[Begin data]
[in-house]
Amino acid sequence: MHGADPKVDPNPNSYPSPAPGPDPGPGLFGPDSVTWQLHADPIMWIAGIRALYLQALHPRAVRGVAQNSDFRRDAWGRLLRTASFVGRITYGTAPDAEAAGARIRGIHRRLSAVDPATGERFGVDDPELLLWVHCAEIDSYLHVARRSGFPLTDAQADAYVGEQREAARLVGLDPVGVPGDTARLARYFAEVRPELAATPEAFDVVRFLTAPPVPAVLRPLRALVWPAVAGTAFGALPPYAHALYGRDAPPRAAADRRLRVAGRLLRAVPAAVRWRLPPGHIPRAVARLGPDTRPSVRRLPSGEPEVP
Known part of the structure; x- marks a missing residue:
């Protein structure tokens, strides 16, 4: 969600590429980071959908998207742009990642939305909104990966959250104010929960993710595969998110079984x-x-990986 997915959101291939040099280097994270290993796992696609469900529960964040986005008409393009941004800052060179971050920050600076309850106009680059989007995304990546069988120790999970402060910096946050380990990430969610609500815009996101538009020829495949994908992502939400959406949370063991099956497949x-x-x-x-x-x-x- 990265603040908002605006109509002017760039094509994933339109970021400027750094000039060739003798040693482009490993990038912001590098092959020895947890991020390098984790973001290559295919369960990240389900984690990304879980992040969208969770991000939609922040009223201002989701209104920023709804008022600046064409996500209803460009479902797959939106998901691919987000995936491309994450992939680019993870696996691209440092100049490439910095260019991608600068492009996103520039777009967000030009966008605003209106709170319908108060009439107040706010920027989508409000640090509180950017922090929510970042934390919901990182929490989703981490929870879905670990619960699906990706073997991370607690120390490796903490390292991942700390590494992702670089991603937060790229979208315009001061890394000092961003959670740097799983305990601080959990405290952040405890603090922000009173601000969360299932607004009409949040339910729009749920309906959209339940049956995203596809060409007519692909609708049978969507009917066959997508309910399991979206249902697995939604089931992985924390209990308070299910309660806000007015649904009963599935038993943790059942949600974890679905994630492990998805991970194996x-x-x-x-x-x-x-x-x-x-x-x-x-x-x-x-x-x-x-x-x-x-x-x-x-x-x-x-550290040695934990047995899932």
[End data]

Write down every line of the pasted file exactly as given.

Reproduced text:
[in-house]
Amino acid sequence: MHGADPKVDPNPNSYPSPAPGPDPGPGLFGPDSVTWQLHADPIMWIAGIRALYLQALHPRAVRGVAQNSDFRRDAWGRLLRTASFVGRITYGTAPDAEAAGARIRGIHRRLSAVDPATGERFGVDDPELLLWVHCAEIDSYLHVARRSGFPLTDAQADAYVGEQREAARLVGLDPVGVPGDTARLARYFAEVRPELAATPEAFDVVRFLTAPPVPAVLRPLRALVWPAVAGTAFGALPPYAHALYGRDAPPRAAADRRLRVAGRLLRAVPAAVRWRLPPGHIPRAVARLGPDTRPSVRRLPSGEPEVP
Known part of the structure; x- marks a missing residue:
């Protein structure tokens, strides 16, 4: 969600590429980071959908998207742009990642939305909104990966959250104010929960993710595969998110079984x-x-990986 997915959101291939040099280097994270290993796992696609469900529960964040986005008409393009941004800052060179971050920050600076309850106009680059989007995304990546069988120790999970402060910096946050380990990430969610609500815009996101538009020829495949994908992502939400959406949370063991099956497949x-x-x-x-x-x-x- 990265603040908002605006109509002017760039094509994933339109970021400027750094000039060739003798040693482009490993990038912001590098092959020895947890991020390098984790973001290559295919369960990240389900984690990304879980992040969208969770991000939609922040009223201002989701209104920023709804008022600046064409996500209803460009479902797959939106998901691919987000995936491309994450992939680019993870696996691209440092100049490439910095260019991608600068492009996103520039777009967000030009966008605003209106709170319908108060009439107040706010920027989508409000640090509180950017922090929510970042934390919901990182929490989703981490929870879905670990619960699906990706073997991370607690120390490796903490390292991942700390590494992702670089991603937060790229979208315009001061890394000092961003959670740097799983305990601080959990405290952040405890603090922000009173601000969360299932607004009409949040339910729009749920309906959209339940049956995203596809060409007519692909609708049978969507009917066959997508309910399991979206249902697995939604089931992985924390209990308070299910309660806000007015649904009963599935038993943790059942949600974890679905994630492990998805991970194996x-x-x-x-x-x-x-x-x-x-x-x-x-x-x-x-x-x-x-x-x-x-x-x-x-x-x-x-550290040695934990047995899932």